Oddly Enough

Rain threatens Russian doomsday cult's bunker

NIKOLSKOE, Russia (Reuters) - Russian authorities urged 28 members of a doomsday cult on Sunday to leave the mud bunker in which they are awaiting the end of the world, saying spring rain may trigger its collapse at any time.

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The doomsday cult members have been barricaded in an underground shelter dug out of a muddy hillside gully in the Penza region of central Russia since October.

They have been refusing to come out until the end of the world, which they predict will happen in late April or May.

“Negotiations to get the people out are ongoing, and we have explained that there is a danger of collapse if they remain in the cave,” said Oleg Melnichenko, vice-governor of Penza region and head of the Russian government’s operation here.

“Right now we are here to make sure they don’t suffocate.”

On Friday a small mud slide near the entrance to the dugout isolated seven women from the remaining cult members, forcing the women to abandon their refuge and relocate to a small wooden home in the village of Nikolskoe, 750 km (450 miles) southeast of Moscow where they remain cloistered in prayer.

Four children remain inside the bunker.

The cult’s spiritual leader, Pyotr Kuznetsov, ducked in and out of the dull grey wooden home where the women were sheltering, shielding his face from journalists.

Doctors had temporarily released him from a regional mental hospital, where he was undergoing court-ordered psychiatric treatment.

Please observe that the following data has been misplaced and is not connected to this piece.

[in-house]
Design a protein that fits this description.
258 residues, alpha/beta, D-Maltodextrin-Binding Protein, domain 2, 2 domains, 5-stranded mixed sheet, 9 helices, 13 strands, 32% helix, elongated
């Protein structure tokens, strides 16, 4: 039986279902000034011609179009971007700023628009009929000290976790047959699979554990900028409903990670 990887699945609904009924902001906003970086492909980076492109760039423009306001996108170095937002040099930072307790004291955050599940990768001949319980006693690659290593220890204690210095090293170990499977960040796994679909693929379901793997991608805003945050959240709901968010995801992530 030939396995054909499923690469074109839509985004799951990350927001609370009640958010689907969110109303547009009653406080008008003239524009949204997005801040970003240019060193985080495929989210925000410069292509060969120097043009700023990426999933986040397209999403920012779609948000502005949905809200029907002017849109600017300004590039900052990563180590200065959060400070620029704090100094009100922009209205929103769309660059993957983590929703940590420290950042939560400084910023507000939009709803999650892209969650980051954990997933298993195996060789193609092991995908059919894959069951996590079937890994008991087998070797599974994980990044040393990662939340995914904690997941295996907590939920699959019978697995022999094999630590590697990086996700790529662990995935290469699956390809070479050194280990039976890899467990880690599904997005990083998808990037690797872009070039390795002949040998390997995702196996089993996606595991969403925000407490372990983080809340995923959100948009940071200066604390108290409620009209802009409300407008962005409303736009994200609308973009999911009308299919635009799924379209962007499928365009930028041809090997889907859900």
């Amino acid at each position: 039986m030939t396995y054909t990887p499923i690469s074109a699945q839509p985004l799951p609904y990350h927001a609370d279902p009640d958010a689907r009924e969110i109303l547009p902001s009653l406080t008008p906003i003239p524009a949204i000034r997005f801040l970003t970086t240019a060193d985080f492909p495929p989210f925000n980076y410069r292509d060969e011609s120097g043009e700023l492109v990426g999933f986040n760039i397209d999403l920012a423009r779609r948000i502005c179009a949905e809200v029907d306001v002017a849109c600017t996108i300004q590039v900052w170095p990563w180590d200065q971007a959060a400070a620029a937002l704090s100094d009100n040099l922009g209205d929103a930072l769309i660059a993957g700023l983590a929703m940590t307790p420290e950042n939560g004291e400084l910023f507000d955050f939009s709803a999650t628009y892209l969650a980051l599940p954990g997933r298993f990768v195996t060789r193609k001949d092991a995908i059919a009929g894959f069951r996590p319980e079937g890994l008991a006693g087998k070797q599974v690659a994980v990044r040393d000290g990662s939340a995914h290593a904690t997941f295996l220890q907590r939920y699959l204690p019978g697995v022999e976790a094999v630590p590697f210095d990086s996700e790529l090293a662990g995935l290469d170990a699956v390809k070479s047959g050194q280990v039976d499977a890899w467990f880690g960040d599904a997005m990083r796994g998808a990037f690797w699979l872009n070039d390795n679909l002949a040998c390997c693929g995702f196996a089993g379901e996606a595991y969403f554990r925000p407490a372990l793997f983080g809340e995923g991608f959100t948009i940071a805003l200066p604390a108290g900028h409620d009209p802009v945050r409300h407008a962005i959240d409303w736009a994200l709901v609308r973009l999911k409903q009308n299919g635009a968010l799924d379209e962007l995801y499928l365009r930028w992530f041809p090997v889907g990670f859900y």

In November Kuznetsov watched as his followers, a small sect of Orthodox Christians who predict an apocalypse either in May or coinciding with Orthodox Easter on April 27, shut themselves off from the outside world in the bunker, which was stocked up with supplies last summer.

Kuznetsov did not join them, saying God had called him to other tasks. He was arrested, but charges were dropped after psychiatrists determined him unfit to stand trial.

Russian authorities have kept watch over the dugout since November, and said the cult members were afraid of media attention, otherwise they would have come out sooner.

“We are doing everything these people ask of us to prevent anybody suffering in vain,” said Vladimir Provotorov, a regional municipal administrator.

“They would have come out a long time ago, but as long as there are journalists here, we aren’t meeting their conditions” for negotiations to come out, he said.

Weather forecasts for the week show rains, which in the narrow gully where the doomsday cult built their dugout would send more grey mud sliding through the bare stands of birch and linden trees, possibly collapsing the structure from within.

Additional reporting by Dmitry Madorsky